The Nagas

Hill Peoples of Northeast India

Project Introduction The Naga Database

typescript 'Journey to Nagaland', by Mildred Archer. An account of six months spent in the Naga Hills in 1947

caption: article on Naga case from 'The Statesman', August 1947
medium: diaries
date: 6.8.1947
person: Archer/ Mildred
date: 9.7.1947-4.12.1947
text: Yesterday The Statesman concisely reviewed the Naga case and urged a greater show of sympathy in Congress circles. A leading article said, 'Legal arguments lately used in the Constituent Assembly are hardly likely to affect the Nagas one way or the other about proclaiming independence - as some of them plan to do for August 15th. These remote hill people are uninterested in the intricacies of constitutional procedure; (30) their ideas are simple and direct. They say - rather like their fellow hillmen of the N.W. Frontier - that they did not know foreign influence until the British came; therefore when the British go they expect nobody to take the British place. Most Nagas have no interests beyond their terraced rice-fields, and foresee no administrative problems following the foreigners' departure. For others, however, the war has much expanded horizons - and ambition. They believe they largely stopped the Japanese from getting into India in 1944, and 14th Army Commanders have applauded their prowess. The cry of Naga freedom rang through the hills then, its echoes have not died yet in Naga hearts, and present legalities will not hush it. Nagas - even those whose own fathers were headhunters - say, "Better poverty than bondage", and it would be a mistake to consider this parrot-repetition of a mere phrase. Consequences might be grave unrest in a country with a huge, forested, unadministered hinterland stretching to the east of it, and with tribes of uncertain temper to the north.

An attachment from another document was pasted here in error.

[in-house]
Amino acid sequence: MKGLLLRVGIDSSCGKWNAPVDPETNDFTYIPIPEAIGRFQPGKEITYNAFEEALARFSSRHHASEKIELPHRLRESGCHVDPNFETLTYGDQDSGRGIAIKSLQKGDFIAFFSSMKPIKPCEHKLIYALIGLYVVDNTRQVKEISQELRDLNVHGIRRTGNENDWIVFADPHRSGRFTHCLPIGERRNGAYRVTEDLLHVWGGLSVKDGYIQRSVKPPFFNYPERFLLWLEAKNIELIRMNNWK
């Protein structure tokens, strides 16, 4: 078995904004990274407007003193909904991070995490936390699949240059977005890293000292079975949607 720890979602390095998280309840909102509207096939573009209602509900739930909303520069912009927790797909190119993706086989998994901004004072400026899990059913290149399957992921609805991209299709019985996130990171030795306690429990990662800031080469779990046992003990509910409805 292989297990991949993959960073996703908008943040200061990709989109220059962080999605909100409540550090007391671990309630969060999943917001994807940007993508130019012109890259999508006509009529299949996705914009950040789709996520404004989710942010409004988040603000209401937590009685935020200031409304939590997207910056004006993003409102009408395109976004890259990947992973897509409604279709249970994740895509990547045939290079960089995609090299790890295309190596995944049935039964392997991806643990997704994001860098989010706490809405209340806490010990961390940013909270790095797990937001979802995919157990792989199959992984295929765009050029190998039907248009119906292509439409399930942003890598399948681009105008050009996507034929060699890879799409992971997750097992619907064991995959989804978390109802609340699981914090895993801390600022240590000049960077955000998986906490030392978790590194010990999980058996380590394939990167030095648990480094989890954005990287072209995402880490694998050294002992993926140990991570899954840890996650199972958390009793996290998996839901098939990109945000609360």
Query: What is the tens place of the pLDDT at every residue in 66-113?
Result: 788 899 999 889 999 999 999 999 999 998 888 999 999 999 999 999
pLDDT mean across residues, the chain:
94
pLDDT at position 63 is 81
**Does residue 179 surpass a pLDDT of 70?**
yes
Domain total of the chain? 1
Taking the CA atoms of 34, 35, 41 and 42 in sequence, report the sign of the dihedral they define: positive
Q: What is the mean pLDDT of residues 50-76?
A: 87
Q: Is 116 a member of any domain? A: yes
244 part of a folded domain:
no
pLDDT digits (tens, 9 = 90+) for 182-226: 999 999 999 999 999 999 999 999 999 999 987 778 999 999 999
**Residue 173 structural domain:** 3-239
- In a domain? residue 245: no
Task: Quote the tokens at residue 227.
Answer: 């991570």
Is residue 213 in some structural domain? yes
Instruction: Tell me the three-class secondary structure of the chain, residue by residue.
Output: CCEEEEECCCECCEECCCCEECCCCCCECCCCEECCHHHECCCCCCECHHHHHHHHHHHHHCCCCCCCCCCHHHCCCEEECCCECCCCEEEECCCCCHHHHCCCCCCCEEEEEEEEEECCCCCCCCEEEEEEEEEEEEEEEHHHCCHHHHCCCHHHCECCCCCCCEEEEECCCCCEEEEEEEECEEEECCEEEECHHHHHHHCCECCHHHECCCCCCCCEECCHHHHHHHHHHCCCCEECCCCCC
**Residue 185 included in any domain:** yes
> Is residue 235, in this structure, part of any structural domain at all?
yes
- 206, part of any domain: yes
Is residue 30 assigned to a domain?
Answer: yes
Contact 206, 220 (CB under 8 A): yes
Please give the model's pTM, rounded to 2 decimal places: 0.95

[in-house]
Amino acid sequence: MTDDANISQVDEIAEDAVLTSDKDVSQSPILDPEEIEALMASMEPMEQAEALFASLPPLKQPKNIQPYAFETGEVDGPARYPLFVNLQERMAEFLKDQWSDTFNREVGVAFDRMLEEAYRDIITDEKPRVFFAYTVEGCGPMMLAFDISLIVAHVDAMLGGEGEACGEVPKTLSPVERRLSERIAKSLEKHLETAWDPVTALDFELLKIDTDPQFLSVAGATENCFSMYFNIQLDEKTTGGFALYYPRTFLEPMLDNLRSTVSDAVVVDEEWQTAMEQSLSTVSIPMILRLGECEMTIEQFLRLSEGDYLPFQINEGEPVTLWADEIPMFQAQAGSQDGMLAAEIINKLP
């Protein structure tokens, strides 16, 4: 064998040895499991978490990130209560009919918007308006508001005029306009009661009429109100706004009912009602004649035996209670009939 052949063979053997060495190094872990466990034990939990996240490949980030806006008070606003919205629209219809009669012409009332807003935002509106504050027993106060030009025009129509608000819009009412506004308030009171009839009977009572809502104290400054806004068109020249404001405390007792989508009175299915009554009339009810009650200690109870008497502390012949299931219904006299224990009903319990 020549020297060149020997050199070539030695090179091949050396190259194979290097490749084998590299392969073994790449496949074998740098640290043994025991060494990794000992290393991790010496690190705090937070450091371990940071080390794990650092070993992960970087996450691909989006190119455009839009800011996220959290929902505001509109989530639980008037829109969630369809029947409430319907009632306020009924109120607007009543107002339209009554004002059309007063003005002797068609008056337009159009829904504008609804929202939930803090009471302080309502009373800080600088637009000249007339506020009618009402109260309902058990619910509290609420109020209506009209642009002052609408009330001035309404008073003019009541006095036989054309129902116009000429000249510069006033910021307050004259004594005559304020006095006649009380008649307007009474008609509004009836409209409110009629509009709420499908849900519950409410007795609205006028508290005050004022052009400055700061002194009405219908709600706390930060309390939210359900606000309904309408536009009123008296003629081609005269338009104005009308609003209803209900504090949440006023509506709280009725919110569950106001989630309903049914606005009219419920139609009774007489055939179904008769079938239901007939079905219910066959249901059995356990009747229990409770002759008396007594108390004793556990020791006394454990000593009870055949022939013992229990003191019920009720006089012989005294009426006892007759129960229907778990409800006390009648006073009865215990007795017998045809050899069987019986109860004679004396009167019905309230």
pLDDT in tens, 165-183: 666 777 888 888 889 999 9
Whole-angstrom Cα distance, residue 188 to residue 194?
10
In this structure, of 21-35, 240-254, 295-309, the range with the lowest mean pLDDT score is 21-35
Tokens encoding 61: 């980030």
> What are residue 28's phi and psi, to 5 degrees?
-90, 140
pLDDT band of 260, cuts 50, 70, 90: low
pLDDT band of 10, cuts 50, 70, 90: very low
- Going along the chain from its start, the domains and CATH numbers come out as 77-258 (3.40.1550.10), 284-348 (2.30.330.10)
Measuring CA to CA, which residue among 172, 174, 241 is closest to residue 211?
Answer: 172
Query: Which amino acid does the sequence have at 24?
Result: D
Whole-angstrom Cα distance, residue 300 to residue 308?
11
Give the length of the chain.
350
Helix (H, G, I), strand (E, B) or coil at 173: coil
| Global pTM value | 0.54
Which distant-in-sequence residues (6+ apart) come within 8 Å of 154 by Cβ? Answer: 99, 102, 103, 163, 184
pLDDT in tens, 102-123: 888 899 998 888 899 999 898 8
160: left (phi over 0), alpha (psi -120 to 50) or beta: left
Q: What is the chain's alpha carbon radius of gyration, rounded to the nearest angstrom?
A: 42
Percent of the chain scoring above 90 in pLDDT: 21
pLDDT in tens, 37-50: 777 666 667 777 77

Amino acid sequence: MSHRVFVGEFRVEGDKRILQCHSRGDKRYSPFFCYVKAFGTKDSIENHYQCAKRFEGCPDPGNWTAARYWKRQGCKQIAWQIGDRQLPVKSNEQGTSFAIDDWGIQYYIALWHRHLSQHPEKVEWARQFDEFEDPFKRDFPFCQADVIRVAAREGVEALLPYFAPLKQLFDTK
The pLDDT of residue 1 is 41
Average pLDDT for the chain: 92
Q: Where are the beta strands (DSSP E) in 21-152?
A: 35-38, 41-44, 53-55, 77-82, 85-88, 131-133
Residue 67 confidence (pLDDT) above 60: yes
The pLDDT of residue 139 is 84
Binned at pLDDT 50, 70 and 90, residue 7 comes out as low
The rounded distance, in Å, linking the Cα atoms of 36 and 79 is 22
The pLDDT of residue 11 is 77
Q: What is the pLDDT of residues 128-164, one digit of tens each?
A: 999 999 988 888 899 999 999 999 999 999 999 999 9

text: Such things are possibilities; but we do not at present foresee that they will come about. The Nagas, for instance are not united in what they want, and the distrust between their northern and southern tribes is well known. The authority of the delegation recently in Delhi is uncertain, and deserves to be probed. Nevertheless discontent such as has already been voiced could find ready echo in ignorant but proud Naga hearts charged with traditional distrust of the plainsmen, and those newly entrusted with deciding the future of this hill region should keep that in mind.
text: Indeed, some observers infer that failure to do so quite recently is responsible for recalcitrance now. The Nagas' demand for independence has become loud only after the visit to their hills of the Tribal subcommittee of the Constituent Assembly and, following that, of the Governor of Assam. What appears to be intelligent anticipation of the sub-committee's (31) report indicates that distrust derives not from the administrative arrangements - a reasonable continuation of the British system, which has worked well - but from the Nagas not having been offered a chance of deciding for themselves, after an interim period, whether to come into the Indian Union or go out. Their territory lies far from Delhi, and the future geographical connection, after India's subdivision, seems likely to be frail. Such an offer of a breathing space might have been but a small concession, in terms of future administrative problems, for the sub-committee to make, and its potentialities could have been rich, for it would have given time for the growth of faith between peoples still largely strangers to each other. Opportunity for facilitating understanding now rests with the Indian Constituent Assembly, which perhaps will go into the matter when it meets again.'